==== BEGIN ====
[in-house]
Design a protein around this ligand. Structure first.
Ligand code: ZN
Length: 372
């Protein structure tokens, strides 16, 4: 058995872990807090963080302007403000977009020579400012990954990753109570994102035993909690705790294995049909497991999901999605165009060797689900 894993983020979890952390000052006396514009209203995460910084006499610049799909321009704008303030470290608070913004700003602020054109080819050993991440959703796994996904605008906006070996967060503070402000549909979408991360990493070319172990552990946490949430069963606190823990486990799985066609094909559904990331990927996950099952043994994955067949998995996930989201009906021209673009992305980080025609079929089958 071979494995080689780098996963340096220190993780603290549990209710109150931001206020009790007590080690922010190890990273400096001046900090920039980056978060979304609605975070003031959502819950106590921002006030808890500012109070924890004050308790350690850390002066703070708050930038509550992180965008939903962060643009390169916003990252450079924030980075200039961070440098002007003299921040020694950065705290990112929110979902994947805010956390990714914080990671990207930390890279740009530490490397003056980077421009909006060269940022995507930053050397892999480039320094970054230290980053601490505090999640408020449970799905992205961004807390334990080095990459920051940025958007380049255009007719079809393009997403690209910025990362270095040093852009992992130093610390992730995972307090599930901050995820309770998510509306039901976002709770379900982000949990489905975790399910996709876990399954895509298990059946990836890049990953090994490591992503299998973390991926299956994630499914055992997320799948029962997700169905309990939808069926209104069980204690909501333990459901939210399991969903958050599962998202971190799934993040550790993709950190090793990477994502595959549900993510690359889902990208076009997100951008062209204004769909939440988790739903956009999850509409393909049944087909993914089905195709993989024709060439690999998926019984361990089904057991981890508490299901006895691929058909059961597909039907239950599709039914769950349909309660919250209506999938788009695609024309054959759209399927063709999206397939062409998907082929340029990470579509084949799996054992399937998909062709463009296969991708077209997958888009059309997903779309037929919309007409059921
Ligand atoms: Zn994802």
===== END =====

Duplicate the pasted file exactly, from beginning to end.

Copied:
[in-house]
Design a protein around this ligand. Structure first.
Ligand code: ZN
Length: 372
């Protein structure tokens, strides 16, 4: 058995872990807090963080302007403000977009020579400012990954990753109570994102035993909690705790294995049909497991999901999605165009060797689900 894993983020979890952390000052006396514009209203995460910084006499610049799909321009704008303030470290608070913004700003602020054109080819050993991440959703796994996904605008906006070996967060503070402000549909979408991360990493070319172990552990946490949430069963606190823990486990799985066609094909559904990331990927996950099952043994994955067949998995996930989201009906021209673009992305980080025609079929089958 071979494995080689780098996963340096220190993780603290549990209710109150931001206020009790007590080690922010190890990273400096001046900090920039980056978060979304609605975070003031959502819950106590921002006030808890500012109070924890004050308790350690850390002066703070708050930038509550992180965008939903962060643009390169916003990252450079924030980075200039961070440098002007003299921040020694950065705290990112929110979902994947805010956390990714914080990671990207930390890279740009530490490397003056980077421009909006060269940022995507930053050397892999480039320094970054230290980053601490505090999640408020449970799905992205961004807390334990080095990459920051940025958007380049255009007719079809393009997403690209910025990362270095040093852009992992130093610390992730995972307090599930901050995820309770998510509306039901976002709770379900982000949990489905975790399910996709876990399954895509298990059946990836890049990953090994490591992503299998973390991926299956994630499914055992997320799948029962997700169905309990939808069926209104069980204690909501333990459901939210399991969903958050599962998202971190799934993040550790993709950190090793990477994502595959549900993510690359889902990208076009997100951008062209204004769909939440988790739903956009999850509409393909049944087909993914089905195709993989024709060439690999998926019984361990089904057991981890508490299901006895691929058909059961597909039907239950599709039914769950349909309660919250209506999938788009695609024309054959759209399927063709999206397939062409998907082929340029990470579509084949799996054992399937998909062709463009296969991708077209997958888009059309997903779309037929919309007409059921
Ligand atoms: Zn994802």